The columns on the DNA test report contain numbers indicating the two alleles found at each locus (or one number if they are the same size). If, for example, in a paternity test, a child has two alleles that are designated 12.1 and 18, and if the mother has alleles 12.1 and 16, then the child inherited the 12.1 allele from the mother. The child has to have inherited the 18 allele from the father. The 18 allele is the “obligate paternal allele.” Generally, the alleged father must have this allele if he is the biological father of the child.
In the example below, 23 different loci are used as genetic markers in the DNA tests, as well as one (Amelogenin) to confirm the sex of the person providing the DNA sample. This makes a total of 24 markers tested.
If the DNA of the alleged father is consistent (to a degree of mathematical certainty) with that of the child, then the report will conclude that the alleged father cannot be excluded as the biological father of the child. If the DNA is not consistent however, it will conclude that the alleged father is excluded as the biological father of the child.
A combined relationship index for the tested alleles is then calculated and appears on the report. This number is used to calculate the “probability of paternity/relationship,” which is likelihood that a man with the alleles of the alleged father is the biological parent of the child, as compared to an untested, unrelated man of the same race, shown as a probability percentage.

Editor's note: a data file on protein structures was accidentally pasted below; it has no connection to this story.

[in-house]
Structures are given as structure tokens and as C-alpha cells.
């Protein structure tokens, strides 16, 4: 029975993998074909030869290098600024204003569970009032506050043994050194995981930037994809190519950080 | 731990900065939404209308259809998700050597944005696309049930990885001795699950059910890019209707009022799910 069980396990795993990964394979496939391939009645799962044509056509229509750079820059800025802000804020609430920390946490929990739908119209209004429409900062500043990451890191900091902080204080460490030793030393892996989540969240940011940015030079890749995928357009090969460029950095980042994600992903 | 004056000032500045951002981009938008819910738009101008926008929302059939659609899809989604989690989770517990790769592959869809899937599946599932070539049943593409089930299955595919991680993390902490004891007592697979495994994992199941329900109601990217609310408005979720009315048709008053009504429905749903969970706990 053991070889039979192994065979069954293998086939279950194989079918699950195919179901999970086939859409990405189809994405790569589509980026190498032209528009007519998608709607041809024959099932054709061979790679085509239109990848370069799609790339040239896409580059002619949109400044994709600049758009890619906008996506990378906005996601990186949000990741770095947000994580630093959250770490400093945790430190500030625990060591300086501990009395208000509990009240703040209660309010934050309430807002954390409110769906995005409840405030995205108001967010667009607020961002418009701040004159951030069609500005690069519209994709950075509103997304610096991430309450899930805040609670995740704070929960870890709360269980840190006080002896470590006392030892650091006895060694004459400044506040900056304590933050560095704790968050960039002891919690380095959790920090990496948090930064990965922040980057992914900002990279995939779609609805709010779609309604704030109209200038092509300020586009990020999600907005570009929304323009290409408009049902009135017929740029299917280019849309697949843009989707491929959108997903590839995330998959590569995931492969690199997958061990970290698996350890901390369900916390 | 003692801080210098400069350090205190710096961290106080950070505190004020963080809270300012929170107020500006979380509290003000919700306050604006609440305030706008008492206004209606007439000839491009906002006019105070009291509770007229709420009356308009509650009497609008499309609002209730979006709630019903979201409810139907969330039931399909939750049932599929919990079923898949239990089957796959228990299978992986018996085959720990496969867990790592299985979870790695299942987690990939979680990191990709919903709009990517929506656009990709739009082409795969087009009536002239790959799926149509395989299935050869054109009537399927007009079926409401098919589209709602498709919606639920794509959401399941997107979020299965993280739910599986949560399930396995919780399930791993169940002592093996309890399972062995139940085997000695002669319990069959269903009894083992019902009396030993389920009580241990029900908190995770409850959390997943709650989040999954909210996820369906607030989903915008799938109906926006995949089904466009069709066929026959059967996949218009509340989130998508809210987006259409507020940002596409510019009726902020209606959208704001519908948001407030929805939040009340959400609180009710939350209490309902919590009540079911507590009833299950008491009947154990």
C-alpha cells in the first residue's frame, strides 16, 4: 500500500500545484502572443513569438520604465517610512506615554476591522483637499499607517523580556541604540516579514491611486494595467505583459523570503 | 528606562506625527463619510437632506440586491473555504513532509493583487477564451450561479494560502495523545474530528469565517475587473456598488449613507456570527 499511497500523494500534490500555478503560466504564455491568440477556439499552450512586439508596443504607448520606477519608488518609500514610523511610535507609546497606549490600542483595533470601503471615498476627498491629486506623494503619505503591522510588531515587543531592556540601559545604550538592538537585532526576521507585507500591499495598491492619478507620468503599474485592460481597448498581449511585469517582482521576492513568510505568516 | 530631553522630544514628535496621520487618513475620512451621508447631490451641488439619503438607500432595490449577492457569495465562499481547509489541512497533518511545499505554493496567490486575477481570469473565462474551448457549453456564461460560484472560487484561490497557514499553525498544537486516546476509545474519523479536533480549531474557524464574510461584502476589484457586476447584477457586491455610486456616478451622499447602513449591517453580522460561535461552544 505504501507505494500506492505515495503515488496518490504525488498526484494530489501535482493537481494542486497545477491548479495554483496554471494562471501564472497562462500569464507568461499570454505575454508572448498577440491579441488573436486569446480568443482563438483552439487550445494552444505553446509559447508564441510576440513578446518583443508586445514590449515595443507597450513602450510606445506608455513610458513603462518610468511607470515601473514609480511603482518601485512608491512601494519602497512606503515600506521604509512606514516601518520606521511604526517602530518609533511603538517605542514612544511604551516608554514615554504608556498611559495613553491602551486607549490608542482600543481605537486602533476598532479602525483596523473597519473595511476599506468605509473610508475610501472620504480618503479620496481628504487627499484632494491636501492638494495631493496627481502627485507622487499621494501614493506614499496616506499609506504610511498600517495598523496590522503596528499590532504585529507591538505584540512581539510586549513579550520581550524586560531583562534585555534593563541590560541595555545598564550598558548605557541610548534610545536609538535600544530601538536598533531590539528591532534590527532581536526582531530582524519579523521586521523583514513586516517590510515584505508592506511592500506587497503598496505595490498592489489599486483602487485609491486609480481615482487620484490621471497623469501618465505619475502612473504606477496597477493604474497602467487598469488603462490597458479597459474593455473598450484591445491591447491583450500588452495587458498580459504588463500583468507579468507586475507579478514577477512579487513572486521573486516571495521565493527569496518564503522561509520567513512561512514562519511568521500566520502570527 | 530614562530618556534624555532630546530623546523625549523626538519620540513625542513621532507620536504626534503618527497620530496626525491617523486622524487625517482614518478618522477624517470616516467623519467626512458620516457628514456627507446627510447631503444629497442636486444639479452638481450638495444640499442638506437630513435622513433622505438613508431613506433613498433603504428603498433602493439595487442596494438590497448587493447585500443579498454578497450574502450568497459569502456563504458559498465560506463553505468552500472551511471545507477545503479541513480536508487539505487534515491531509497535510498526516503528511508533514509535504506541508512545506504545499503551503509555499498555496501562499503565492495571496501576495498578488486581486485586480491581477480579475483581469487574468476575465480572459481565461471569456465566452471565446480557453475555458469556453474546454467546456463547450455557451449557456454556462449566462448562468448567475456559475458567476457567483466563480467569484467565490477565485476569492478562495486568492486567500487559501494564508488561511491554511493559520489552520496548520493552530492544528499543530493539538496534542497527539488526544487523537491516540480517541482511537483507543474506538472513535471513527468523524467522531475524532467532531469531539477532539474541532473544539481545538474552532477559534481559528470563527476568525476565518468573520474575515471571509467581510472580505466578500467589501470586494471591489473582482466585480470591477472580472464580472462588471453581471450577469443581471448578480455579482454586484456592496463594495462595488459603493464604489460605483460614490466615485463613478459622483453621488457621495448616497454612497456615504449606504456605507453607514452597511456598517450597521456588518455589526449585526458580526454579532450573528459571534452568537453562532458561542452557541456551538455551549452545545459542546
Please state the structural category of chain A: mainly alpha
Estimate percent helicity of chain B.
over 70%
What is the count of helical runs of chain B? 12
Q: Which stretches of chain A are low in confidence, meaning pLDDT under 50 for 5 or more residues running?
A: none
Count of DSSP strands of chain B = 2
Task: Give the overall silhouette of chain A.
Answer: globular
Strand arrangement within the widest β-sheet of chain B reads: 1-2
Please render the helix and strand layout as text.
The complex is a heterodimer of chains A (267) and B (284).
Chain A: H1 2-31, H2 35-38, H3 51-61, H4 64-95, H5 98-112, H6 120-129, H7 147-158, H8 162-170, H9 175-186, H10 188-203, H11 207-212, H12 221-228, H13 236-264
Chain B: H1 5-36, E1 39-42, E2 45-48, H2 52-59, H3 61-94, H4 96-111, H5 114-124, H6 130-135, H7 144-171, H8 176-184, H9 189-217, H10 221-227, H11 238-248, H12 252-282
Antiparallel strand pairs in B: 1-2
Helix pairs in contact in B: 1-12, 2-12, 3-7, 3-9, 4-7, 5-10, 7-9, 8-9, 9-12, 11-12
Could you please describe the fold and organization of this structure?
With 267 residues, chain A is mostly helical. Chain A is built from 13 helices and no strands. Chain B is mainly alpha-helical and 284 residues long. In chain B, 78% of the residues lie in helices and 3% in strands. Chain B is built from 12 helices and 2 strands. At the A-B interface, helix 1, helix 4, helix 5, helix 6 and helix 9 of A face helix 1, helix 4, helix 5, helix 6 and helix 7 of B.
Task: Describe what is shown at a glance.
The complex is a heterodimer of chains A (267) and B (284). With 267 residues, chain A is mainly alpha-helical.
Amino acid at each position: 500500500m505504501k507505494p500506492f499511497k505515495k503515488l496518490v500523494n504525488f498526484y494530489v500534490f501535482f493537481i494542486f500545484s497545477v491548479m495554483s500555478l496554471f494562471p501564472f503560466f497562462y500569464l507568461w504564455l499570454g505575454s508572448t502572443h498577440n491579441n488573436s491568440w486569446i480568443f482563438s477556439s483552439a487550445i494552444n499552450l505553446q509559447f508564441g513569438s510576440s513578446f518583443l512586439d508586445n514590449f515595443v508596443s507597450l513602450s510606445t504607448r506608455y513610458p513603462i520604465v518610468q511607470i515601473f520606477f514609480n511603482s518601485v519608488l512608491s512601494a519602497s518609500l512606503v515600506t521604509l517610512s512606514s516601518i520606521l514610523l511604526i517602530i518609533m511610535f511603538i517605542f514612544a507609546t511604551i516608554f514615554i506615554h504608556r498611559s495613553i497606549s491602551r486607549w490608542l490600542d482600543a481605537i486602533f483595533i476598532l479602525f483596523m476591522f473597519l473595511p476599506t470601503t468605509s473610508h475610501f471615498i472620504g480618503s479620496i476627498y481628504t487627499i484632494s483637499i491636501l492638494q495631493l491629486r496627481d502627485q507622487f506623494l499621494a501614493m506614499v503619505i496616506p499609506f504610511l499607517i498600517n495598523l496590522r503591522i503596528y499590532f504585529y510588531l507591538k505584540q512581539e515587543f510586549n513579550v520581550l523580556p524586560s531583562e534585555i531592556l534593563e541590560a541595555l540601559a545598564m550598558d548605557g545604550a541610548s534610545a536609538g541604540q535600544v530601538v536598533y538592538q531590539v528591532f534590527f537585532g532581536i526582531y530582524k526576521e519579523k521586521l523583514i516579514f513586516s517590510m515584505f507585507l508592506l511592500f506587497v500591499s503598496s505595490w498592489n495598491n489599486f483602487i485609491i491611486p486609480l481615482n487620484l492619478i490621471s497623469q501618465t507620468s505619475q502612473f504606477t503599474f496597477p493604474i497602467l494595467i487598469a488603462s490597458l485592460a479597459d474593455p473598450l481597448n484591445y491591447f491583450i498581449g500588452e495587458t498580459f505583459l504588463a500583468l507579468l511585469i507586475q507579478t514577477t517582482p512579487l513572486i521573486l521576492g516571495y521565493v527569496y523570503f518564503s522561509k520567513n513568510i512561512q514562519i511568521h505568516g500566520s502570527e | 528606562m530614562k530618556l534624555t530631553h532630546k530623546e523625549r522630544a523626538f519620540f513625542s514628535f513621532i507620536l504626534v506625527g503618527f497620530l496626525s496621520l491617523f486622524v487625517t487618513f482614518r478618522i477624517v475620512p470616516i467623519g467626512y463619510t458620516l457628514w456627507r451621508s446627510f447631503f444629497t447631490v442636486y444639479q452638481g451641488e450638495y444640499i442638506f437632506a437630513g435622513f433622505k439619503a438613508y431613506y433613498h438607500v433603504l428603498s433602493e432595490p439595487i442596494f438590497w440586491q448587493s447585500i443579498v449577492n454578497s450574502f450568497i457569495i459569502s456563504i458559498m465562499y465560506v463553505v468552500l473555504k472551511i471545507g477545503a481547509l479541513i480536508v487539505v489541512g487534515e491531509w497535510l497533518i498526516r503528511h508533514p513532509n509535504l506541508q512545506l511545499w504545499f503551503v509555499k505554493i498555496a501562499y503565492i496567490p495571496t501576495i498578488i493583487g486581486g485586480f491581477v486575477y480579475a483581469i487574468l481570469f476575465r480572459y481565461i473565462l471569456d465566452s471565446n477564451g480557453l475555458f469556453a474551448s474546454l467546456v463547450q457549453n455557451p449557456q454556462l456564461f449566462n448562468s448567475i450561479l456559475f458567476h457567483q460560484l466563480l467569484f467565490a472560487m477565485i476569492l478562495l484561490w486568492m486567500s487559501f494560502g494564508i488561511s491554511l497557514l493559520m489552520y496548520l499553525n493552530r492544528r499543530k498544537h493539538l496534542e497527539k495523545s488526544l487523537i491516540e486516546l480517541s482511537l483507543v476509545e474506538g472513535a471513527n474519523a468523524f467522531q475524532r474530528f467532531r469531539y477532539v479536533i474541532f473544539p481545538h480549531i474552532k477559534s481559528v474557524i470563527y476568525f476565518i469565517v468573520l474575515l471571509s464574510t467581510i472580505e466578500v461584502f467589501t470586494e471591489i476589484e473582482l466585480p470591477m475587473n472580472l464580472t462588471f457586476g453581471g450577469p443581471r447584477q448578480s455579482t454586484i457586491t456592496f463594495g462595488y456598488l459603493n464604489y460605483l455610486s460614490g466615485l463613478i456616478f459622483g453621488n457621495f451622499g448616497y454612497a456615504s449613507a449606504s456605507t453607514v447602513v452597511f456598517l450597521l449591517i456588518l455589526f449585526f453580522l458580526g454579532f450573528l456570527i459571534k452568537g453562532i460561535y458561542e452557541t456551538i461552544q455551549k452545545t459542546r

Paternity/Maternity Testing Results
In a paternity or a maternity test, whether for personal knowledge or court admissibility, there are three possible outcomes.
o Excluded. The probability of paternity will be 0.0%. This means that the alleged parent is NOT the biological parent of the child. This occurs when an alleged parent’s DNA does not match on at least 22 of the 24 tested genetic markers.
o Cannot be excluded. The probability of paternity/maternity will be at 99% or greater. This means that the alleged parent is, in all reasonable probability, the biological parent of the tested child. 99.99+% and higher is the greatest probability that science can provide for proof of relationship. In legal cases, most courts accept a probability of at least 97% as proof that the tested male/female is the biological parent.